"This is an extremely alarming situation and we hope that with this alarm bell to revive the interest of the donors and that they react and understand the urgency of the situation. We must act now, now when the indicators are red in order to avoid falling into a situation where we would have to double operations or where people are already starting to starve to death."
Covid-19, war and hunger – Yemen’s humanitarian food crisis is becoming worse, warns the World Food Programme (WFP)
As Yemen is facing an escalation of fighting and coronavirus is sweeping across the country, the World Food Programme (WFP) today sounded alarm that “the humanitarian situation in Yemen is deteriorating at an alarming rate”, calling donors for an urgent appeal to fund its life-saving operations in the country. WFP needs US$ 737 million to the end of the year to keep their humanitarian work ongoing.
Speaking today to a virtual press conference at the United Nations in Geneva, WFP’s spokesperson Elisabeth Byrs said that “we must act now. If we wait for the famine to be declared, it will be already too late and people will already be dying”.
A five year long violent conflict between a Saudi-led international coalition supporting President Abdrabbuh Mansur Hadi and Houthi rebels which has left over 100,000 dead in Yemen is widely described as the world’s worst humanitarian crisis.
According to Elisabeth Byrs, “WFP has had to reduce emergency food assistance at a time when Yemen needs it most. We may have to reduce further”. She added that “WFP needs US$ 737 million to the end of the year to keep this vital safety net for the millions in Yemen who rely on humanitarian assistance to survive”.
Yemen is spiralling into an economic crisis leading to reductions in food supply, soaring food prices and a rapid escalation in food insecurity. The Yemeni Riyal has lost 17 percent of its values since the beginning of the year. These economic factors have a very immediate and direct impact on vulnerable Yemenis. When families cannot afford to buy food, they reduce the number of meals and the diversity of food.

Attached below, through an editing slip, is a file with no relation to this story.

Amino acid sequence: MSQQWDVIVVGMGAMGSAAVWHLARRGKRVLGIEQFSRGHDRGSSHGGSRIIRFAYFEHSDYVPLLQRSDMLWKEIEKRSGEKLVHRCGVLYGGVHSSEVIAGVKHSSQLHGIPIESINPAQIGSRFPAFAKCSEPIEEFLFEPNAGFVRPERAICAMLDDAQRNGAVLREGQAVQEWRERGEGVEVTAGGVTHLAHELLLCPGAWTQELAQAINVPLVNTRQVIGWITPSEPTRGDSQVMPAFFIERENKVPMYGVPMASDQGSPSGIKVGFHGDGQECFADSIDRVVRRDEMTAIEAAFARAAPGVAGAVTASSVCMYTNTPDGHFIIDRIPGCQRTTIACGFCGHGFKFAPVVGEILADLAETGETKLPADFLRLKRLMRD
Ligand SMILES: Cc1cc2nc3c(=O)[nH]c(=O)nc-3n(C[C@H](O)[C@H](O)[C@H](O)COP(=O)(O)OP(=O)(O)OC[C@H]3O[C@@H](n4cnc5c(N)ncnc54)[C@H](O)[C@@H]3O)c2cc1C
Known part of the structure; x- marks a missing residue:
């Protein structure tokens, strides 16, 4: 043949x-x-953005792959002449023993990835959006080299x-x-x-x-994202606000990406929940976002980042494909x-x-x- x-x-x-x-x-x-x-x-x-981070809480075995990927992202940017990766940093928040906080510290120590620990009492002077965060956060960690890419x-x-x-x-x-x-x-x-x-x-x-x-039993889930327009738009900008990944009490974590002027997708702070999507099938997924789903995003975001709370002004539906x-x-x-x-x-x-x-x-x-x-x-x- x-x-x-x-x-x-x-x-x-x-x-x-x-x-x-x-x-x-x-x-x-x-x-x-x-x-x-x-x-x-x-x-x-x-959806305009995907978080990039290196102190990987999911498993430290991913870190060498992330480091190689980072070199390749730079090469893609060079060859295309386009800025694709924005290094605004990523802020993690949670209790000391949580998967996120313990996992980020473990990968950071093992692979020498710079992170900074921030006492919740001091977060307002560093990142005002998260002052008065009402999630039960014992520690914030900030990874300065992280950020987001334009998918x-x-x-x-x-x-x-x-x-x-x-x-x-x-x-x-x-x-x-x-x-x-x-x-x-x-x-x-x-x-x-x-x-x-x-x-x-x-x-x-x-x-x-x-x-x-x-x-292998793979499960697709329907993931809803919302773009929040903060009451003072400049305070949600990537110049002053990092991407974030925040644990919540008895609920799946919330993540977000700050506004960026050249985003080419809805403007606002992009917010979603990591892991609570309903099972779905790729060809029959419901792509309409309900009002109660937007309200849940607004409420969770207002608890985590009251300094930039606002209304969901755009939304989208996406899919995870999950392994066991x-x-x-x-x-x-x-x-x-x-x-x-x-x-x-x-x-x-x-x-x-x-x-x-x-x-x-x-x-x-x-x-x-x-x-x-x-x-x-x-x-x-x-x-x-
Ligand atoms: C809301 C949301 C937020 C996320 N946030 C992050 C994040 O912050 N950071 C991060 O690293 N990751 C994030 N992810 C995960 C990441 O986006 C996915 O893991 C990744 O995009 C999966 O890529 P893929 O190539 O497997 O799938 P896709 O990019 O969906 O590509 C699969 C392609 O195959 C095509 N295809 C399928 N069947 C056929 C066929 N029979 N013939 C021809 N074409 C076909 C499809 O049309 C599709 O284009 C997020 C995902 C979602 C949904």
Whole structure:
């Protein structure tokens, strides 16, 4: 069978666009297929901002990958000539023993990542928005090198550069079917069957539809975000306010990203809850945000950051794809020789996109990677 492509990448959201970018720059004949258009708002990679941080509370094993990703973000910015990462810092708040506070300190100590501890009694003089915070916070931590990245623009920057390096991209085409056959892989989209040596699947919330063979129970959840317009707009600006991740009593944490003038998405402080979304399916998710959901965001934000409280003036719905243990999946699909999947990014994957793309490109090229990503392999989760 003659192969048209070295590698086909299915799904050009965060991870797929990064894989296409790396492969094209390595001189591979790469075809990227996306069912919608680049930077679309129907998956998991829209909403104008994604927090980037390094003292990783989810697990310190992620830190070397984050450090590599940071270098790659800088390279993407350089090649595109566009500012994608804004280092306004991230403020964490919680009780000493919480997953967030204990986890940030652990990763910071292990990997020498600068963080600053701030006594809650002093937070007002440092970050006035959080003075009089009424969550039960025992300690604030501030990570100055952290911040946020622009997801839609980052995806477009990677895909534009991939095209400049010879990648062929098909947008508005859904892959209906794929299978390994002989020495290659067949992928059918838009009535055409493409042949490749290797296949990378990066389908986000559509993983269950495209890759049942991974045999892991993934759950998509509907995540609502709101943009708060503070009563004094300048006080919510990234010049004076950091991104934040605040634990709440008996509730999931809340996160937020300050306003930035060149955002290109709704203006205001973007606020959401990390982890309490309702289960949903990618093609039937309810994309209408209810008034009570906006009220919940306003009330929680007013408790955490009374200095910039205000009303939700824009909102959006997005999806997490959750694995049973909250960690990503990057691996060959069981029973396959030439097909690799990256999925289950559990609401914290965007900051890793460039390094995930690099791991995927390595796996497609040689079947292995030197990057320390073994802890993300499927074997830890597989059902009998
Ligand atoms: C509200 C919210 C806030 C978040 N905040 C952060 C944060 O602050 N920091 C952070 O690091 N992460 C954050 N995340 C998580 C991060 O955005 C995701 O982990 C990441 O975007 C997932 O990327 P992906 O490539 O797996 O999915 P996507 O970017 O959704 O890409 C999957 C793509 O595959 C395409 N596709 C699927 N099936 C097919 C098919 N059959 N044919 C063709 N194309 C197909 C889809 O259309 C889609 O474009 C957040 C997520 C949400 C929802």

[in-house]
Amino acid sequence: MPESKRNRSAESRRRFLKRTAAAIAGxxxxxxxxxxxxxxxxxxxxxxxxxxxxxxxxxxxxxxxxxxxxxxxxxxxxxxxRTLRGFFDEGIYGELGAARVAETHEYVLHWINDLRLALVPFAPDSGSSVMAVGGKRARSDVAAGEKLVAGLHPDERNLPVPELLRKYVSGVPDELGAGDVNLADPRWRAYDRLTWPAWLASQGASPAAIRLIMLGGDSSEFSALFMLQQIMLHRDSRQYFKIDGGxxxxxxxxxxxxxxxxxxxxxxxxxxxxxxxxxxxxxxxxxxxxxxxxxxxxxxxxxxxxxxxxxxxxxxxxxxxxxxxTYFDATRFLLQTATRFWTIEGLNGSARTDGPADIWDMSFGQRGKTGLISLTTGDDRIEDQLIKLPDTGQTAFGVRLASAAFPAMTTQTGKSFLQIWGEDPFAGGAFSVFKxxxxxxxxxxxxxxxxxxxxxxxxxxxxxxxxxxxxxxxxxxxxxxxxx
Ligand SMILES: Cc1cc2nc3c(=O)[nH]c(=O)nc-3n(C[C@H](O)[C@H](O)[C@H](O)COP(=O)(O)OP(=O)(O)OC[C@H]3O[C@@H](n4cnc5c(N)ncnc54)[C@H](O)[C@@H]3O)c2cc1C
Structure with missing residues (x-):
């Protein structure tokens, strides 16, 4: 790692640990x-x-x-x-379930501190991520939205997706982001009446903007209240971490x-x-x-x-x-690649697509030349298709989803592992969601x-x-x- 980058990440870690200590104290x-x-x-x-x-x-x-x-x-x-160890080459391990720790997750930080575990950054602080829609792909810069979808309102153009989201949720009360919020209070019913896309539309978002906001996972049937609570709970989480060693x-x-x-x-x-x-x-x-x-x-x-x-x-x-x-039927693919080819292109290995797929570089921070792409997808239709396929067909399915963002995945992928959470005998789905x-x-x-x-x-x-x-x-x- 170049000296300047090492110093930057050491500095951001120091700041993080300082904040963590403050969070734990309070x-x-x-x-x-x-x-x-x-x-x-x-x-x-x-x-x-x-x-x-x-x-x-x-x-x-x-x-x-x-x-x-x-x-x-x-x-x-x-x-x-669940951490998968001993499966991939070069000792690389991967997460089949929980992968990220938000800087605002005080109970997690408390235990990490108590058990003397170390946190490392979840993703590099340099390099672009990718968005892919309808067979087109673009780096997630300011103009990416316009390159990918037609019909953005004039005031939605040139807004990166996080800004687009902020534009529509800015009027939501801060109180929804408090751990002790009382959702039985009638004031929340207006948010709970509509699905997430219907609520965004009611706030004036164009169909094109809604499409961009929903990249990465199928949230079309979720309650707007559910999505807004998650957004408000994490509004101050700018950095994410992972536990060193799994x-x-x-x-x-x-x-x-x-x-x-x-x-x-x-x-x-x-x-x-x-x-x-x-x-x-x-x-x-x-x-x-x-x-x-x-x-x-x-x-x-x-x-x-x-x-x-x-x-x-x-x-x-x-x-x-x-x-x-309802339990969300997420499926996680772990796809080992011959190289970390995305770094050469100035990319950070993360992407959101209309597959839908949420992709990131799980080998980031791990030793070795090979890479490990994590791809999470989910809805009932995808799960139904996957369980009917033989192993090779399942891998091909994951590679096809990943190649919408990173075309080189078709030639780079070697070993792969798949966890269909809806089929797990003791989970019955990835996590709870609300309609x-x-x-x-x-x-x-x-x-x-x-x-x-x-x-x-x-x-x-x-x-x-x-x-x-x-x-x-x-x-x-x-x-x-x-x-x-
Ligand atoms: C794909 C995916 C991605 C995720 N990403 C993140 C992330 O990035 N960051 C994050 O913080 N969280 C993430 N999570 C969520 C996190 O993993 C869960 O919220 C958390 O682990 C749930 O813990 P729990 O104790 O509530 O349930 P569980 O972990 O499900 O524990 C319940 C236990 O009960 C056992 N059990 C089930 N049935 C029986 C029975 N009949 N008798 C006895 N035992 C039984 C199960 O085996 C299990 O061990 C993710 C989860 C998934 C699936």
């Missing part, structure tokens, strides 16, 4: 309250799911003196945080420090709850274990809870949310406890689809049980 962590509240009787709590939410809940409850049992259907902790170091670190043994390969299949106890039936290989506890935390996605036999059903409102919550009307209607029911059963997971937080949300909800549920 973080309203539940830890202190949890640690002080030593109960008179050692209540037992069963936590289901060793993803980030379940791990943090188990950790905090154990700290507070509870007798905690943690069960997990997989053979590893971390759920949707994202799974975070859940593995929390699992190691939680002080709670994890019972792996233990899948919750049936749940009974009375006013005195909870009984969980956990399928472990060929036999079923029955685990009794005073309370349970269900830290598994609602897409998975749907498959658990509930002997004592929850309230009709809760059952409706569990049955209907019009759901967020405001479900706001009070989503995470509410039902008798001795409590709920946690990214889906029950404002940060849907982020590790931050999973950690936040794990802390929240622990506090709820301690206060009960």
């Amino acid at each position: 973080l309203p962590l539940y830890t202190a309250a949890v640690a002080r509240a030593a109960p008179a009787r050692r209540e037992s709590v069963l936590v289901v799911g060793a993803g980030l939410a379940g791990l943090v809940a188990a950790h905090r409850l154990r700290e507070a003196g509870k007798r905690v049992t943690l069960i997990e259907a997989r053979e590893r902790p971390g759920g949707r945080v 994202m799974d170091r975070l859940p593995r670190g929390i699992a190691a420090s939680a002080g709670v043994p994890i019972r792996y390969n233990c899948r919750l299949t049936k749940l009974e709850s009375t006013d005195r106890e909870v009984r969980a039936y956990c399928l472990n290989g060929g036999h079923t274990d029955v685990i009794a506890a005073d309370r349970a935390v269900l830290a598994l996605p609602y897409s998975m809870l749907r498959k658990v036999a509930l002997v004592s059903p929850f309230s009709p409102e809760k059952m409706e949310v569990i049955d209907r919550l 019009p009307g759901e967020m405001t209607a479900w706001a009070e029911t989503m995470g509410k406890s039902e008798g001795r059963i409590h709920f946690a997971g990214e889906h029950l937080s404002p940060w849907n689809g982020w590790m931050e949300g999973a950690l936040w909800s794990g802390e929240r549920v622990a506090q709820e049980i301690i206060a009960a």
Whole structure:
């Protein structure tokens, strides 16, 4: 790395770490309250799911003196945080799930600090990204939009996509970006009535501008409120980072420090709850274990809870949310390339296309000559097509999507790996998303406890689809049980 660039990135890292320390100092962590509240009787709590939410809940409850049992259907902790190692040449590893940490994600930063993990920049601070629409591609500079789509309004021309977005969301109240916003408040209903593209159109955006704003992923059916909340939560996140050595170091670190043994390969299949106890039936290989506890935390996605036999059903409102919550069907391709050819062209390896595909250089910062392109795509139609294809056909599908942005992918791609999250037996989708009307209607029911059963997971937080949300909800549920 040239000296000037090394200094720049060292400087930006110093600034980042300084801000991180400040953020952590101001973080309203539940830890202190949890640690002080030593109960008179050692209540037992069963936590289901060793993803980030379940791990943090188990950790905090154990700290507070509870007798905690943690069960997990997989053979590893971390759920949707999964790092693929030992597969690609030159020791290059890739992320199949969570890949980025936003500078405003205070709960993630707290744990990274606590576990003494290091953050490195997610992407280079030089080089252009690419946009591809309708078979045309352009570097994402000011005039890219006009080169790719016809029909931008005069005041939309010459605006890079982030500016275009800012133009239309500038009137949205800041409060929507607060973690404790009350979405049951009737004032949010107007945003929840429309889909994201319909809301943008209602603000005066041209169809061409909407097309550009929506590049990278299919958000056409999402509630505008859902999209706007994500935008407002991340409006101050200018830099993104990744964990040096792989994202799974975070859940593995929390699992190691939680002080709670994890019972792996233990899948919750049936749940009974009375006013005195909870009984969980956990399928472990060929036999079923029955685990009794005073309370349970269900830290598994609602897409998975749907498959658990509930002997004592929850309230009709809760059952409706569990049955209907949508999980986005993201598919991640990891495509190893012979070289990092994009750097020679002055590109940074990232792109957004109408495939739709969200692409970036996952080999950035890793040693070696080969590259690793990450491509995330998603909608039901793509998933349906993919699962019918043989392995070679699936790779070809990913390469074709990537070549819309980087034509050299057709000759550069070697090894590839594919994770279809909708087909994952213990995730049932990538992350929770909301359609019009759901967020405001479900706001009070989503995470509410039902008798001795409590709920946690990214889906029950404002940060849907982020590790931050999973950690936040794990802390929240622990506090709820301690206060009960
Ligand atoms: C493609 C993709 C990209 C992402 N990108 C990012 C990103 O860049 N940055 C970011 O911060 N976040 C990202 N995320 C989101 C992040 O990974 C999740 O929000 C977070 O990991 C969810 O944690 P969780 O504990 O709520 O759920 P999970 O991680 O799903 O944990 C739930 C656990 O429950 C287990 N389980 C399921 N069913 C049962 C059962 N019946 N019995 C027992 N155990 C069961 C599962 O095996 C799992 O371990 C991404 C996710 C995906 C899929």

“Nearly 10 million people in Yemen are acutely food insecure. They face a daily struggle to find enough food and it is extremely difficult for them to stay at home”, Elisabeth Byrs said. “This is a situation we are seeing in many countries with large numbers of daily wage laborers. Just over 20 million people in Yemen are food insecure of which 13 million, I repeat, receive humanitarian food assistance”.
WFP started distributing food assistance on alternate months in some parts of Yemen in April to stretch the limited resources. If funding is not coming in, WFP may have to reduce the prevention programme to all children under age 2 and pregnant or breastfeeding women.
“We have those 2 million children requiring a treatment for malnutrition. Of course, we continue to treat them, and we are quite concerned about the 360 000 children who would be at risk of dying without treatment. That is why this funding is badly needed. We just need those 200 million dollars every month to continue”, WFP’s Elisabeth Byrs said.
The Covid-19 pandemic is having a very real impact on WFP’s operations in Yemen. Movement restrictions, curfews, and a 14-day quarantine period introduced to vessels at the ports of Hodeida and Saleef are creating delays in WFP’s food assistance supply chain. An additional vessel was chartered to catch up with these delays.
"This is an extremely alarming situation and we hope that with this alarm bell to revive the interest of the donors and that they react and understand the urgency of the situation”, said Elisabeth Byrs. “We must act now, now when the indicators are red in order to avoid falling into a situation where we would have to double operations or where people are already starting to starve to death."
According to WFP, after five years of conflict, the country is left with 3,65 million internally displaced people. Less than half of Yemen’s health facilities are fully functioning, nearly half of all children are stunted by malnutrition.